Reyes, who earns the equivalent of $35 a week, says her bosses blame the long hours and low wages on big U.S. companies and their demands for ever-cheaper merchandise. Wal-Mart, the biggest company of them all, is the Cosmos factory's main customer.

Reyes is skeptical. Why, she asked, would a company in the richest country in the world care about a few pennies on a pair of shorts?

The answer: Wal-Mart built its empire on bargains.

Size matters: The company's size and obsession with shaving costs have made it a global economic force. Its decisions affect wages, working conditions and manufacturing practices -- even the price of a yard of denim -- around the world.

From its headquarters in Bentonville, Ark., the company has established a network of 10,000 suppliers and constantly pressures them to lower their prices. At the same time, Wal-Mart buyers continually search the globe for still-cheaper sources of supply. The competition pits vendor against vendor, country against country.

''They control so much of retail that they can put someone into business or take someone out of business if they choose to," said Pat Danahy, a former chief executive at Cone Mills Corp. in Greensboro, N.C., one of the few surviving U.S. textile producers.

In Honduras, the pressure keeps factory managers on edge, always looking for ways to cut expenses without running afoul of labor laws or Wal-Mart's own contractor rules, which call for ''reasonable employee work hours."

''I think we have reached the limit," said Shin Woo Kang, manager of the enormous Han Soll Textile Ltd. sewing plant on the outskirts of San Pedro Sula. The plant employs 1,600 workers, mostly young women. Wal-Mart is its biggest customer.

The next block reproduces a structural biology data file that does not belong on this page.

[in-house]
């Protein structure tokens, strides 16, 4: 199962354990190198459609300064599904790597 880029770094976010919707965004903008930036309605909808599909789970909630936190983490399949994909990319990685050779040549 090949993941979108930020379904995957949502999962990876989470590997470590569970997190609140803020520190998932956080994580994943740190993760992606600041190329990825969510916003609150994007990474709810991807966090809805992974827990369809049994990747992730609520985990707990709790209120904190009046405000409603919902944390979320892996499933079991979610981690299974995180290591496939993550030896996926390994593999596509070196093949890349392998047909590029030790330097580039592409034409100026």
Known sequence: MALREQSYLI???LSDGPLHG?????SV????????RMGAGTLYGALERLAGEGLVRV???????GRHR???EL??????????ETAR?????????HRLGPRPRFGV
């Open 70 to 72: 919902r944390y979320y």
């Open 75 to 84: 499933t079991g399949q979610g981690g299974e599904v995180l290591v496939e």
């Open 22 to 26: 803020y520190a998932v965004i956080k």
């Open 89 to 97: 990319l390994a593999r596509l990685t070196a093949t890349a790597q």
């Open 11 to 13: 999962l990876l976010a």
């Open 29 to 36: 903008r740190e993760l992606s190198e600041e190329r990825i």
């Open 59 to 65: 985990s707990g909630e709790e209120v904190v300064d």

The brightly lighted factory is filled with humming machines, mounds of clothing parts and fast-moving hands. Down one production line, pieces of navy blue fabric take shape as Bobbie Brooks polo shirts, each bearing a Wal-Mart price tag of $8.63.

Kang said Wal-Mart was paying Han Soll about $3 a shirt -- a few cents less than last year.

Asked what he would do if the retailer pressed for an even lower price, Kang grew quiet. ''We would have to find something," he said finally. ''Honestly speaking, I don't know what it is."

To cut costs, Honduran factories have reduced payrolls and become more efficient. The country produces the same amount of clothing as it did three years ago, but with 20 percent fewer workers, said Henry Fransen, director of the Honduran Apparel Manufacturers Association, which represents nearly 200 export factories.

''We're earning less and producing more," he said, ''following the Wal-Mart philosophy."

That's harsh medicine for a developing country. The clothing industry is one of the few sources of decent jobs for unskilled workers in this nation of 6 million. Many of those jobs depend on Wal-Mart.

''You could be looking at a government meltdown if something were to happen to this industry," said Raja Rajan, a factory manager active in the apparel association.

Most favored company: In Rajan's view, Wal-Mart is so important to the stability of Honduras that leaders should cultivate stronger ties with the company, almost as they would a foreign country. He has lobbied the government to send high-level envoys to Wal-Mart's Arkansas headquarters, something Bangladesh and other countries already do.

Even with such efforts, Rajan fears that the migration of sewing jobs to China and other lower-cost countries can't be stopped, only slowed.

Chuck Wilburn figures that his 1,300 employees will be among the casualties. He manages a factory on the outskirts of San Pedro Sula that cranks out clothing for Wal-Mart, Target Corp. and other retailers.

He is proud of his clean, modern factory. ''It's nicer than the one I ran in South Carolina," Wilburn said.

Still, he has had trouble turning a profit. He laid off 500 employees two years ago. Even here, it's hard to meet Wal-Mart's prices. Wilburn expects that Oxford will close his factory in the next few years and move on to another country where basic cotton clothes, such as Wal-Mart's Old Glory khaki pants, can be produced for less.

It wasn't long ago that Wal-Mart was fighting to keep manufacturing jobs on U.S. soil.

In 1985, founder Sam Walton launched his ''Bring It Home to the USA" program. ''Wal-Mart believes American workers can make a difference," he told his suppliers, offering to pay as much as 5 percent more for U.S.-made products.